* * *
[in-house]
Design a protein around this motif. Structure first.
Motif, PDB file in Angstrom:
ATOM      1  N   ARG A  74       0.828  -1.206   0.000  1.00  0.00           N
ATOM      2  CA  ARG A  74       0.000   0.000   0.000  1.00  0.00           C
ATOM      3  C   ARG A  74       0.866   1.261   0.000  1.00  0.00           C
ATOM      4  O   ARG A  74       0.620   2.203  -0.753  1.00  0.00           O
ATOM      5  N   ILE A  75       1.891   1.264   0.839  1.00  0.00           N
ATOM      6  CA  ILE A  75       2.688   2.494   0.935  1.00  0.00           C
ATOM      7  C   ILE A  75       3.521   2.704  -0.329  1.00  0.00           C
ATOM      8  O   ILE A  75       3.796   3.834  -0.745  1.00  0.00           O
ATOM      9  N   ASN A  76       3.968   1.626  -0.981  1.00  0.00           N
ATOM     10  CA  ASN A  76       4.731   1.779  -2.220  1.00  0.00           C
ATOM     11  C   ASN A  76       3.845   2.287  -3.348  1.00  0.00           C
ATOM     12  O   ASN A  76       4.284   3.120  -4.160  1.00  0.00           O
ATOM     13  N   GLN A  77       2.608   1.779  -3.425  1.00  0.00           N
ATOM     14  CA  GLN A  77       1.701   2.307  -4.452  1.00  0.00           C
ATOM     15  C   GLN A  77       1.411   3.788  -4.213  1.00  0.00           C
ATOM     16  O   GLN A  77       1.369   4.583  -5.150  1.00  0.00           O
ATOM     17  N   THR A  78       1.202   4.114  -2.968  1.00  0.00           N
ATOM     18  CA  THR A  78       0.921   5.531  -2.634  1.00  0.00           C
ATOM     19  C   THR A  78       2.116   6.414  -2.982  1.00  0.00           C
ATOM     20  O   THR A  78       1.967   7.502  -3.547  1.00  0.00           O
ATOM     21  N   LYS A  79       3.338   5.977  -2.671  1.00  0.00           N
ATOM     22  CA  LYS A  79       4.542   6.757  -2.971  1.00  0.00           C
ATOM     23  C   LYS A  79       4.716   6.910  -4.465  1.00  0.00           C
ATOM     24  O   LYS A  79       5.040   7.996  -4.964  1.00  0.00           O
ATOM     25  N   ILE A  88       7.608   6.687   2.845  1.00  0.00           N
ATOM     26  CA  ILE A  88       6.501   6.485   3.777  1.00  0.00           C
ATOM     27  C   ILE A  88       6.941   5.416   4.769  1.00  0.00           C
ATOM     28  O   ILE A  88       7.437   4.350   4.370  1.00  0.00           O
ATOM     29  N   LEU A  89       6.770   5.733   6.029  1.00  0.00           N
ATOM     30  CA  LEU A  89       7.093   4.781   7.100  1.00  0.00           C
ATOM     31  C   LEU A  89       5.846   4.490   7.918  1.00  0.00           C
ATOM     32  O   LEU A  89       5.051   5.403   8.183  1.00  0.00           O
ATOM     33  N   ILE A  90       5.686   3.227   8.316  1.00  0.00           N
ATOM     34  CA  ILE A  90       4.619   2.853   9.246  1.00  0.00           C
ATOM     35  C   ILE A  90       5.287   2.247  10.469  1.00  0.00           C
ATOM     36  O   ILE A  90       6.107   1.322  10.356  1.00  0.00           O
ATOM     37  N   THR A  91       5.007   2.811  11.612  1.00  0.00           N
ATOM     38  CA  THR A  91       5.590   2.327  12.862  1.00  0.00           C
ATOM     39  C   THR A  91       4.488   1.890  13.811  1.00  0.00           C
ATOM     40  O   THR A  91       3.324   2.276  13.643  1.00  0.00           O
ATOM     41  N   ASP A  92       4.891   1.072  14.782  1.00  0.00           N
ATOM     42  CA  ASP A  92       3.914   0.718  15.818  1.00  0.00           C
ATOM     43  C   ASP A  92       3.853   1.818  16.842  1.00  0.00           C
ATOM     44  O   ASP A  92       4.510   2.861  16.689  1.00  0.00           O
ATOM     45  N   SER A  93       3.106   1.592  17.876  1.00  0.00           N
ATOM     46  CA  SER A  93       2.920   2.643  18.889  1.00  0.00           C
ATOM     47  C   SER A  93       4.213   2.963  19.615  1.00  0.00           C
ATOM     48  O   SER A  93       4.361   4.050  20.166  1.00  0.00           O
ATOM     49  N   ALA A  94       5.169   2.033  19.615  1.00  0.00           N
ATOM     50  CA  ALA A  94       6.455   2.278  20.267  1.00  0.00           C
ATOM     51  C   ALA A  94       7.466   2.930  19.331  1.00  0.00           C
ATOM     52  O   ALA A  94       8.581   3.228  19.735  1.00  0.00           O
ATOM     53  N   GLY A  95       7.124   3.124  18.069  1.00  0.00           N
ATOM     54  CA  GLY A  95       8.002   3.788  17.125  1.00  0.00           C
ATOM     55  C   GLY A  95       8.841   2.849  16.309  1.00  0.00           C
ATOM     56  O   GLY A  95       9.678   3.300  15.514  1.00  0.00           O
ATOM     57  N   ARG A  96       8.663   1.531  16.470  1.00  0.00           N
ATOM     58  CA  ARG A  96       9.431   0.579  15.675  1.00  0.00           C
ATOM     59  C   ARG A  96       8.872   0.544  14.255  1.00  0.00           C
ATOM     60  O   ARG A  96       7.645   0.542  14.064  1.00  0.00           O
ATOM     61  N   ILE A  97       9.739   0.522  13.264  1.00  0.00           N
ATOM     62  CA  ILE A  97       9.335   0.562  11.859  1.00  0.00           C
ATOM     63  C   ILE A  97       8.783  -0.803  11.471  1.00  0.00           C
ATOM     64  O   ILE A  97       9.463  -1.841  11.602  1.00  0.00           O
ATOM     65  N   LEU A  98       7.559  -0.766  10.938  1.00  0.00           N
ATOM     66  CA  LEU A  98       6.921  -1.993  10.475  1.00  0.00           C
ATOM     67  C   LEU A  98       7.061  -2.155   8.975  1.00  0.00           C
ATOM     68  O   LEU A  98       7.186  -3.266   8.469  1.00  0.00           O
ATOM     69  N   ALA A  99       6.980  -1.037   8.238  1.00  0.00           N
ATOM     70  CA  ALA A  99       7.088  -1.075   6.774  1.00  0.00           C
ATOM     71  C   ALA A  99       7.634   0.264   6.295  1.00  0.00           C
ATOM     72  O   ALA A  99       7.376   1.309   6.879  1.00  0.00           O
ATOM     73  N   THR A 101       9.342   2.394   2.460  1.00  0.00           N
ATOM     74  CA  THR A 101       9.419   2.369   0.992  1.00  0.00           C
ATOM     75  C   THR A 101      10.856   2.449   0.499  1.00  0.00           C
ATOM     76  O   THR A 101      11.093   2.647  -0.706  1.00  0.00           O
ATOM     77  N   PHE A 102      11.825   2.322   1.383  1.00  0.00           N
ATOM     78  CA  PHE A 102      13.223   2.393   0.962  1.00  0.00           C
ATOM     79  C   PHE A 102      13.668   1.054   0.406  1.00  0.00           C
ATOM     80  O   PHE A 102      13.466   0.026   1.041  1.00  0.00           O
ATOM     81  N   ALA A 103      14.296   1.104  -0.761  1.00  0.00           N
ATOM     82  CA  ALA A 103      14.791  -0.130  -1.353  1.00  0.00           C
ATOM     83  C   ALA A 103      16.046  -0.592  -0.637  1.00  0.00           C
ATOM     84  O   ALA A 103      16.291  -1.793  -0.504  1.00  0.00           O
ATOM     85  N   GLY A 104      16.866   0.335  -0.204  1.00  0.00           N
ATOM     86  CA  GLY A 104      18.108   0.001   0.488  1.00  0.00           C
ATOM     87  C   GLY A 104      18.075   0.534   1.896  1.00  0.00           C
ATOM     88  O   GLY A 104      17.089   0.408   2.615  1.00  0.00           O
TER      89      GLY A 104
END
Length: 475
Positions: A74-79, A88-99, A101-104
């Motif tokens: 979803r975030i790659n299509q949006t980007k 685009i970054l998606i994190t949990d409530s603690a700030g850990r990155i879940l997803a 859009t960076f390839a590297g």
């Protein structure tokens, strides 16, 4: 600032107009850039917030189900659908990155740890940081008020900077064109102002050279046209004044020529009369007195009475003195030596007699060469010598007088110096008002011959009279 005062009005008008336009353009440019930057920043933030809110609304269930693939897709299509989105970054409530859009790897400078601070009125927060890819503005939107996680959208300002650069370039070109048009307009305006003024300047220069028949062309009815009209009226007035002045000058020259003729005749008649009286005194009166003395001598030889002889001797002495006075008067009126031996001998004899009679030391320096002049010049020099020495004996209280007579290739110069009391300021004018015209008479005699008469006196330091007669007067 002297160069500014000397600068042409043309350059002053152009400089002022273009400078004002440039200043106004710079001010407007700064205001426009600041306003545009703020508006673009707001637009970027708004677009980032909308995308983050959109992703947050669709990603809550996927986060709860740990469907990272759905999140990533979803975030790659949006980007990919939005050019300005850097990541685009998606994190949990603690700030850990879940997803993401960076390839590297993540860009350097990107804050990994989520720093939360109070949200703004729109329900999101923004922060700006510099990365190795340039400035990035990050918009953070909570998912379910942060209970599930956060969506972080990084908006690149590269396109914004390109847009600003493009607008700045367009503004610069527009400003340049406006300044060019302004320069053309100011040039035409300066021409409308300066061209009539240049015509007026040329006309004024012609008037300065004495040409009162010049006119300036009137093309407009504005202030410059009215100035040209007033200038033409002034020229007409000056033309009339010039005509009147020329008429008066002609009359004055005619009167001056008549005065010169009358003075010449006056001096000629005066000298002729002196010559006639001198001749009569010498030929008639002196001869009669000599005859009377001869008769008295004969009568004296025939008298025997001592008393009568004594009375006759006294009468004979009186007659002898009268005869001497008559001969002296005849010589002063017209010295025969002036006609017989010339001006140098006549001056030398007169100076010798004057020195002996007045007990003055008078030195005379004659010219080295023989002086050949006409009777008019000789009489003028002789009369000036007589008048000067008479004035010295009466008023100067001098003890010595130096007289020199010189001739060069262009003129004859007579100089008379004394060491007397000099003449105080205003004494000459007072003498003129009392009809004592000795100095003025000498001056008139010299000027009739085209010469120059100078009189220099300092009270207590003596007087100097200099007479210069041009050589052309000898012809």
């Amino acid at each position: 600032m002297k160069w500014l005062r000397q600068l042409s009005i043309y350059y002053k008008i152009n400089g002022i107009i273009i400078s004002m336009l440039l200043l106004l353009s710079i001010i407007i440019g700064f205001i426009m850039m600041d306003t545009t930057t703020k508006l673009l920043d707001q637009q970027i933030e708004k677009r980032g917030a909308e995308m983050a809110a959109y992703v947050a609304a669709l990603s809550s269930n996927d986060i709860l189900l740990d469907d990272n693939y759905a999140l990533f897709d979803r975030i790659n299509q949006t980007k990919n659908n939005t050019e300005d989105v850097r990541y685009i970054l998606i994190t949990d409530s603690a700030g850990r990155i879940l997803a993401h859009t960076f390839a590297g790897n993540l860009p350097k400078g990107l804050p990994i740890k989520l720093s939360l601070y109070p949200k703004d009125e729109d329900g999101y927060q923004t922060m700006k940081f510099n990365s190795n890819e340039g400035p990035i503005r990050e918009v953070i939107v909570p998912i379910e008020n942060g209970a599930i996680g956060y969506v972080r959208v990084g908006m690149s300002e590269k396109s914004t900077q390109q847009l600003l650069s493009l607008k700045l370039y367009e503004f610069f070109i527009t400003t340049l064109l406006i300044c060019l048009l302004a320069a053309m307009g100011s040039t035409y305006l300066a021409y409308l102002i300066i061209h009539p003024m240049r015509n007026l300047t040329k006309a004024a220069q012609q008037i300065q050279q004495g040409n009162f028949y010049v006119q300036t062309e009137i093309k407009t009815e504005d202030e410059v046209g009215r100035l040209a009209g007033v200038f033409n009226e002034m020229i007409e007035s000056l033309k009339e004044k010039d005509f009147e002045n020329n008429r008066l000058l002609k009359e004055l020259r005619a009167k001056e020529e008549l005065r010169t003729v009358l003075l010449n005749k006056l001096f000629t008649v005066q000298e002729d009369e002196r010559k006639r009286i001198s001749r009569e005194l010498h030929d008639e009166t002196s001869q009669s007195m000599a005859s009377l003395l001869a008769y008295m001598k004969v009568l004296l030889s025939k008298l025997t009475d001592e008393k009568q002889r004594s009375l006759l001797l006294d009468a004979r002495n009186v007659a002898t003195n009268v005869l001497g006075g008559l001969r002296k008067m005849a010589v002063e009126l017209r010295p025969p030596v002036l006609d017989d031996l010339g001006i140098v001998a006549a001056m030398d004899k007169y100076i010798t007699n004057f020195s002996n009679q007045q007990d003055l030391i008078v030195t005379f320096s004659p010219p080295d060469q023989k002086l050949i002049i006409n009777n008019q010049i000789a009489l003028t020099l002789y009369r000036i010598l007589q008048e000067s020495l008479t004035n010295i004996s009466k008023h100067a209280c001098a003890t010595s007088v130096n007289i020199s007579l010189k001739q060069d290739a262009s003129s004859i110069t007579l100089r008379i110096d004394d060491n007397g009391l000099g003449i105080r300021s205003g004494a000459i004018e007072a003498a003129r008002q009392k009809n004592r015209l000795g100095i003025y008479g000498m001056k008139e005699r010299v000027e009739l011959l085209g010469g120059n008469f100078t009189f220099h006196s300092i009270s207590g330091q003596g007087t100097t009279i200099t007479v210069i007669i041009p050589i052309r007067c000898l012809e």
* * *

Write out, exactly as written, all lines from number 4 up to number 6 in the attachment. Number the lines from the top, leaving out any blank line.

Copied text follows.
ATOM      1  N   ARG A  74       0.828  -1.206   0.000  1.00  0.00           N
ATOM      2  CA  ARG A  74       0.000   0.000   0.000  1.00  0.00           C
ATOM      3  C   ARG A  74       0.866   1.261   0.000  1.00  0.00           C